Report Next Wednesday.
     County Auditor Has Not Yet Received
     Official Notice to Make Call.
     ----Expects it Soon.
     Although the local board of Butler county has not yet received official notice to make the call it is generally understood from previous reports from higher officials that the second apportionment will be called to report Wednesday, September 19.  This call will be 40 per cent of the quota or 53 men from Butler County.
     If the present plan will be carried out the first 53 in the list below will be called to report at Allison next Wednesday morning.  This is the entire list of those who have so far been passed by the local and district board and are certified as selected for military service and not exempted or discharged.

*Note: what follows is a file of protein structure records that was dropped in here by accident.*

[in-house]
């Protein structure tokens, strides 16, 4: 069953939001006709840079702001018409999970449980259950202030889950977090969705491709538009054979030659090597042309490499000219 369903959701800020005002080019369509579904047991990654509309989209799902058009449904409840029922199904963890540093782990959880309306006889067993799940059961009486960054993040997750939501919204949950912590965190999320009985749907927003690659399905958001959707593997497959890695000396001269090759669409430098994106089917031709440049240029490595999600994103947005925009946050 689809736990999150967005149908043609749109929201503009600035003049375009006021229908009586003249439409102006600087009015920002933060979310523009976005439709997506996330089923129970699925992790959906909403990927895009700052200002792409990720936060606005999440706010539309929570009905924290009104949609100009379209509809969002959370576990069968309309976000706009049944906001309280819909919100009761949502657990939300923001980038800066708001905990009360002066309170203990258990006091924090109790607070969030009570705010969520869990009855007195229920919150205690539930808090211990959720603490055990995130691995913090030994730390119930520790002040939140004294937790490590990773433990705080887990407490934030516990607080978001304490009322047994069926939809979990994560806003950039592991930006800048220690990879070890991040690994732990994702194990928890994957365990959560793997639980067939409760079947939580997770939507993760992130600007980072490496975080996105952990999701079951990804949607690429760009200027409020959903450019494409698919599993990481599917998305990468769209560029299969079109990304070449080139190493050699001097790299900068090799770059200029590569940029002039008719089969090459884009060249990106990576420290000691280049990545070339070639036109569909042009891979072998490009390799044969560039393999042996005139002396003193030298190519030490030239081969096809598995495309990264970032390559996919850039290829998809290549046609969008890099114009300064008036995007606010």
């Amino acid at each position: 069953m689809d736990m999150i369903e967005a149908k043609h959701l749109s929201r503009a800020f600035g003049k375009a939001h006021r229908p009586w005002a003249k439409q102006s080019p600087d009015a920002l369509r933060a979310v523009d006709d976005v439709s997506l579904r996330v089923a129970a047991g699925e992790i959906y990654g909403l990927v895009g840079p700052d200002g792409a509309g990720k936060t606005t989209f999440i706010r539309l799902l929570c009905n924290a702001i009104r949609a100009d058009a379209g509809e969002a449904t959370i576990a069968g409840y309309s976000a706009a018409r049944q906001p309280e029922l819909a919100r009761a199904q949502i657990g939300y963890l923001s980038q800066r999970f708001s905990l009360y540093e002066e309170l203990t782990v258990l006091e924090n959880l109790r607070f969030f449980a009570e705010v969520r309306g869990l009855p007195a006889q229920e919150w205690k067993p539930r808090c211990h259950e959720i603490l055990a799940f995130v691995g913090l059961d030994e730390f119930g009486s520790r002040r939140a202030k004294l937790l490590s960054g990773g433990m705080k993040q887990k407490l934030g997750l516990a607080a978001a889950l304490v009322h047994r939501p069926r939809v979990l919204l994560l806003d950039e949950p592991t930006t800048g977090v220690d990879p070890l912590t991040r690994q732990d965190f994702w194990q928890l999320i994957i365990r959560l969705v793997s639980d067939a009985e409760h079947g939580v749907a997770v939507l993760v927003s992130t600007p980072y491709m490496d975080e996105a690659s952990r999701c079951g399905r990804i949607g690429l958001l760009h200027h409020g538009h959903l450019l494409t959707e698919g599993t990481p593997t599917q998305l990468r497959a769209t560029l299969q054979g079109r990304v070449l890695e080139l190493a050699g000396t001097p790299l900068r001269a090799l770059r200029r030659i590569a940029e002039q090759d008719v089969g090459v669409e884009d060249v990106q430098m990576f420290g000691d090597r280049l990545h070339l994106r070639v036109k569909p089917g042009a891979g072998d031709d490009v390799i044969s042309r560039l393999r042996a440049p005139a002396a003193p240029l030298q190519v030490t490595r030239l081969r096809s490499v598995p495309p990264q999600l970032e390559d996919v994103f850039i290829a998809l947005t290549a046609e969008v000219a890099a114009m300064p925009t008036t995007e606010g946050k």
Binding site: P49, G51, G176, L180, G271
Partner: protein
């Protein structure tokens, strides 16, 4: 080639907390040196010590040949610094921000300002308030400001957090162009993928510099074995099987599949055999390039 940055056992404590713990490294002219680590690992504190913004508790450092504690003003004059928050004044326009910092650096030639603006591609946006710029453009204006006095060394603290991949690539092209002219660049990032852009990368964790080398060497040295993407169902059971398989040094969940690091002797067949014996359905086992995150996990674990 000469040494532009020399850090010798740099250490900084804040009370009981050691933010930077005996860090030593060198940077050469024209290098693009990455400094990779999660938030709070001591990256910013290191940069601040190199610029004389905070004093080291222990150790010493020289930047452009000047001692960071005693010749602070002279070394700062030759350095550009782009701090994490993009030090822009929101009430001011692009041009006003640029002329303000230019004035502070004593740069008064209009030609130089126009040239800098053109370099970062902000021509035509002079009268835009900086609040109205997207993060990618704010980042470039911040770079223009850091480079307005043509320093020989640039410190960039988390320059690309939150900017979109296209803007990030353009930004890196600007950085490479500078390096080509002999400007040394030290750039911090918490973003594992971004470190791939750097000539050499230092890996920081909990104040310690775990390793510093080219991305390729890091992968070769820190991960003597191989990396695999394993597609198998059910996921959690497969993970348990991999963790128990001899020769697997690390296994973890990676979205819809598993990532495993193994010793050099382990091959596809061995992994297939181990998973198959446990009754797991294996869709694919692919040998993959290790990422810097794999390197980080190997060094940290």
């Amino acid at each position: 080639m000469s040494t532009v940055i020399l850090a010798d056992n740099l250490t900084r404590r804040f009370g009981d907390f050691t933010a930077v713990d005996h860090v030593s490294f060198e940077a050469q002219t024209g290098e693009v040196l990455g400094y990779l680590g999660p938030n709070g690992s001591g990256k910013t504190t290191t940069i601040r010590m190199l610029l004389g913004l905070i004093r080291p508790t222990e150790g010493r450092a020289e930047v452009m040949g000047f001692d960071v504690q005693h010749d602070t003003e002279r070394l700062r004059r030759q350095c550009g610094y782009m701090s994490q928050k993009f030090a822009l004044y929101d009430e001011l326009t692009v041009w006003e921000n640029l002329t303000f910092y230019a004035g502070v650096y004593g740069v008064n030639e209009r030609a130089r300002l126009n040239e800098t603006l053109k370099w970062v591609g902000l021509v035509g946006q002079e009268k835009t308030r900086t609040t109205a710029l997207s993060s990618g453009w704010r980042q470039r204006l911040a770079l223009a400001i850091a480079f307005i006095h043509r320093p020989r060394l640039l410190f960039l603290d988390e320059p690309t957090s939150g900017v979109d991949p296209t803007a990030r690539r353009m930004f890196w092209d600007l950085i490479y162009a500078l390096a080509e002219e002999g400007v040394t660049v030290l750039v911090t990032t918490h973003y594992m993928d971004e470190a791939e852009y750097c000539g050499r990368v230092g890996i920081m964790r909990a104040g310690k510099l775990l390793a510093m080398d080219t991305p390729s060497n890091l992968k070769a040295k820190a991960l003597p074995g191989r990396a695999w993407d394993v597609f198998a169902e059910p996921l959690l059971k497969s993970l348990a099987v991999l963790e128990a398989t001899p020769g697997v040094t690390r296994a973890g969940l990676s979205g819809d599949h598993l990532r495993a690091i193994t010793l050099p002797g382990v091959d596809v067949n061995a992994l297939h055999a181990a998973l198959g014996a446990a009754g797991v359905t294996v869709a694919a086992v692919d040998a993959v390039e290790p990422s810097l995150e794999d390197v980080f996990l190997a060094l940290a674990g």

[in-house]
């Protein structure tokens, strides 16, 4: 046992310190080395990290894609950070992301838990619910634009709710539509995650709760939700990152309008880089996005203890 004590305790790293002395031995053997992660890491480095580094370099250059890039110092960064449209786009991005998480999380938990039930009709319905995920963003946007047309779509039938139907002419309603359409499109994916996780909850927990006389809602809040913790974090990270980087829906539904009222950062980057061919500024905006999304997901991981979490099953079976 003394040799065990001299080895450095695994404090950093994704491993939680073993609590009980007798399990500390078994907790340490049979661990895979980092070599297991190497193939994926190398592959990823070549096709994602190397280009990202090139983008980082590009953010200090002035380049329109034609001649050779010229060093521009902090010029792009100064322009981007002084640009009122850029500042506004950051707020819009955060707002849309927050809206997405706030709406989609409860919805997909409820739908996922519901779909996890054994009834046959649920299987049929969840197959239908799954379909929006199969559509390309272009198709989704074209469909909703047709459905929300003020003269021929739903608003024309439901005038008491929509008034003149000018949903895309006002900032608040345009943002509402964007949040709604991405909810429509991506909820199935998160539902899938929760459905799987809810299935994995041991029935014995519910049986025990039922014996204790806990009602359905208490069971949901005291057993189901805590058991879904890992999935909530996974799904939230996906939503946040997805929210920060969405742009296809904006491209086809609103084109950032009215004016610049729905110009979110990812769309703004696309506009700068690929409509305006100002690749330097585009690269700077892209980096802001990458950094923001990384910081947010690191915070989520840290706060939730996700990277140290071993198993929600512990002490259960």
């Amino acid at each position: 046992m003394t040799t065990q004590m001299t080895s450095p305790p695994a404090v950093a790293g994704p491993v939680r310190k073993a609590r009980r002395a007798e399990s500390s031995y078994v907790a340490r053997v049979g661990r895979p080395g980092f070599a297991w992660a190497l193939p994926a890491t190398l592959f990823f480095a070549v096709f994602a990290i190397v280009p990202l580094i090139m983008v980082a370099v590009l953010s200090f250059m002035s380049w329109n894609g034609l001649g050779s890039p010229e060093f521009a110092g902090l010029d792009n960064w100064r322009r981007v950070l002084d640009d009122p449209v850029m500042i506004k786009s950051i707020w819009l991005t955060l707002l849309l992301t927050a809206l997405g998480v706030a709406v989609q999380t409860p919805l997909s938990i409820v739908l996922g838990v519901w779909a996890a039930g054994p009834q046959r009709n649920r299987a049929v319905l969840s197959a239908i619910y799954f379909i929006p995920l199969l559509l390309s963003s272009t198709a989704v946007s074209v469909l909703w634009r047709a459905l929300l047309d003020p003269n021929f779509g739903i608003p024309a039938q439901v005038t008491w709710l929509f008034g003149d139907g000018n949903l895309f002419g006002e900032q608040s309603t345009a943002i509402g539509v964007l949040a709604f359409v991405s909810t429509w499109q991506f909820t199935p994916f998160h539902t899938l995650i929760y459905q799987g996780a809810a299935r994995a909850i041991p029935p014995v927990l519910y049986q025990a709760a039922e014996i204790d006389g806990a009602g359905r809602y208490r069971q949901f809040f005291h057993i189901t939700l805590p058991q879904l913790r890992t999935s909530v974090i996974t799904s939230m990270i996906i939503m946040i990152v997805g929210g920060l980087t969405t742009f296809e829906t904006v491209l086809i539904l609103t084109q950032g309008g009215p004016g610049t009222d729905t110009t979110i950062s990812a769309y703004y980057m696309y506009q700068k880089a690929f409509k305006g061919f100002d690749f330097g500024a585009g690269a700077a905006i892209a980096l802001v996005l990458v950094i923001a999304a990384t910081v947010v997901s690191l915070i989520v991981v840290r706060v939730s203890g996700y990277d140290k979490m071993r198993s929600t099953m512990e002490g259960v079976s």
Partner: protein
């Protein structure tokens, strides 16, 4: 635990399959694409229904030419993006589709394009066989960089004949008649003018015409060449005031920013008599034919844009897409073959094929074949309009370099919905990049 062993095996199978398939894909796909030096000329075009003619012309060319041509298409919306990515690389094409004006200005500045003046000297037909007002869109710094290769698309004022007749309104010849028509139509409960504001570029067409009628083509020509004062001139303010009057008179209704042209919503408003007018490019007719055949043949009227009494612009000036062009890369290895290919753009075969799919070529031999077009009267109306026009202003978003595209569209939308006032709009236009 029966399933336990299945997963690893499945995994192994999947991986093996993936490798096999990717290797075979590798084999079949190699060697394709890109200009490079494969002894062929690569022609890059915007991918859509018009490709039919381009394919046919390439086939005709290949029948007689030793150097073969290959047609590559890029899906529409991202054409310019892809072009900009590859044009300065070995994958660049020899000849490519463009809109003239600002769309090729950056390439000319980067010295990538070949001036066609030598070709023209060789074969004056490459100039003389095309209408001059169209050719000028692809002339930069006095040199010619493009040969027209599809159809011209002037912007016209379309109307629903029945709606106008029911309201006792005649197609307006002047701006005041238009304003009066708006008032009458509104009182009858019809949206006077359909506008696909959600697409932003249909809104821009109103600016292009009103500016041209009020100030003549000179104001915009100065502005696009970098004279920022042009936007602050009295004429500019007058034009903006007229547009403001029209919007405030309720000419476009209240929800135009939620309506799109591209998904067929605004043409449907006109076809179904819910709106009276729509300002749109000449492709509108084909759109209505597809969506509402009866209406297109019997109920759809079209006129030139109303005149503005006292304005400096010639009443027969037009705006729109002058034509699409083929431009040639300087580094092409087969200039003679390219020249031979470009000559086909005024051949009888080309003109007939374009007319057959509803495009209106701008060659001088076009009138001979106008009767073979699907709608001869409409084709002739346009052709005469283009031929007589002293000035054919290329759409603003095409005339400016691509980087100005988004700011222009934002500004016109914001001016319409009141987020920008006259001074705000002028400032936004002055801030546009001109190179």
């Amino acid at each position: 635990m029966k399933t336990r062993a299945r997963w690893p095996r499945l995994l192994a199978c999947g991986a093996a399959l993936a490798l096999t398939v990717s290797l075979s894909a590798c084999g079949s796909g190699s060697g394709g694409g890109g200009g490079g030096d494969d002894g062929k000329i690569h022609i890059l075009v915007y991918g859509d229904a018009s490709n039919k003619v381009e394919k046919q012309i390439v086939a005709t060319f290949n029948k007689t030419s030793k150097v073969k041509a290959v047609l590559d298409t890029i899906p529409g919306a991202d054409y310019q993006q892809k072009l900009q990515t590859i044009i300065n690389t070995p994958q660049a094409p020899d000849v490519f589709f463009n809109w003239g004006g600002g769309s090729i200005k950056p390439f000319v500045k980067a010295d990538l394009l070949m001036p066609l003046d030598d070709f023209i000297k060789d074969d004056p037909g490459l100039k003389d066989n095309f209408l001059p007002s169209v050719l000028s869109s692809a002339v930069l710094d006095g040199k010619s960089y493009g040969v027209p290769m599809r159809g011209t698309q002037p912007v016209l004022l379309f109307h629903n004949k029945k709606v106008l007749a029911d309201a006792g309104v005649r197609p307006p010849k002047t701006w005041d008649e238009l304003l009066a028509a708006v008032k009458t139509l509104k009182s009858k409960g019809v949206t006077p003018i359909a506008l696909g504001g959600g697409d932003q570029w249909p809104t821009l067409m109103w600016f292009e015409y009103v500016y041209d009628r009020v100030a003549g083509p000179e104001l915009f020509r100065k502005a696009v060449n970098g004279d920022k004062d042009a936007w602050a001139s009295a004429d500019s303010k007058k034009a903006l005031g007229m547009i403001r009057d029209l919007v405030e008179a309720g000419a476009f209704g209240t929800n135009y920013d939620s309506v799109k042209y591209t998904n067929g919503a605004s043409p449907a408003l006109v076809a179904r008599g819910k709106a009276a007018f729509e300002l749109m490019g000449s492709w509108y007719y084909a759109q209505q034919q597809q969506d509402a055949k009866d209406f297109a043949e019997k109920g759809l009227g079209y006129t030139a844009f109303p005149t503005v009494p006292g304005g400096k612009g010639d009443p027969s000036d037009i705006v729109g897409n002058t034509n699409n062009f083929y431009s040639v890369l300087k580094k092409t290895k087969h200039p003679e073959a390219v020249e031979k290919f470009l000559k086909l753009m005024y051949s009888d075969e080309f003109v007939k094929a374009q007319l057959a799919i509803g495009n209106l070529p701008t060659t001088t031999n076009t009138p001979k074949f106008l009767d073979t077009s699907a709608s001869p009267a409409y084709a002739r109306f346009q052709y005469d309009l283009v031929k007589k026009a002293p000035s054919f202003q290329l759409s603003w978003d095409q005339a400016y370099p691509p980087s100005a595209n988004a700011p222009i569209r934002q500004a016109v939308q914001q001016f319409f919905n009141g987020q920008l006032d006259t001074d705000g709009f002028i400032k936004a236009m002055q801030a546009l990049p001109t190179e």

18     1267--R.C. Lashbrook, Parkersb'g" 


From the September 19, 1917 issue of the Iowa Recorder, Greene, Butler County, Iowa this detailed article describing the soldiers "shipping out" :
     "Conscripts Honored
     At Allison Tuesday
     Fifty-Four Leave For Camp
     Dodge Today.
     Thousands of Butler County People
     Pay Tribute To Our Boys - - Largest
     Crowd Ever in Allison.
     Tuesday afternoon at Allison was held a great Patriotic demonstration and the people turned out from all sections to honor the occasion at which time 54 of Butler County's young men appeared before the local board for military service, registered and were ready to entrain on Wednesday morning for their respective training camps where they will be prepared to serve in defense of their country.
     Allison was not only crowded with people, there was a perfect jam and a recording breaking crowd.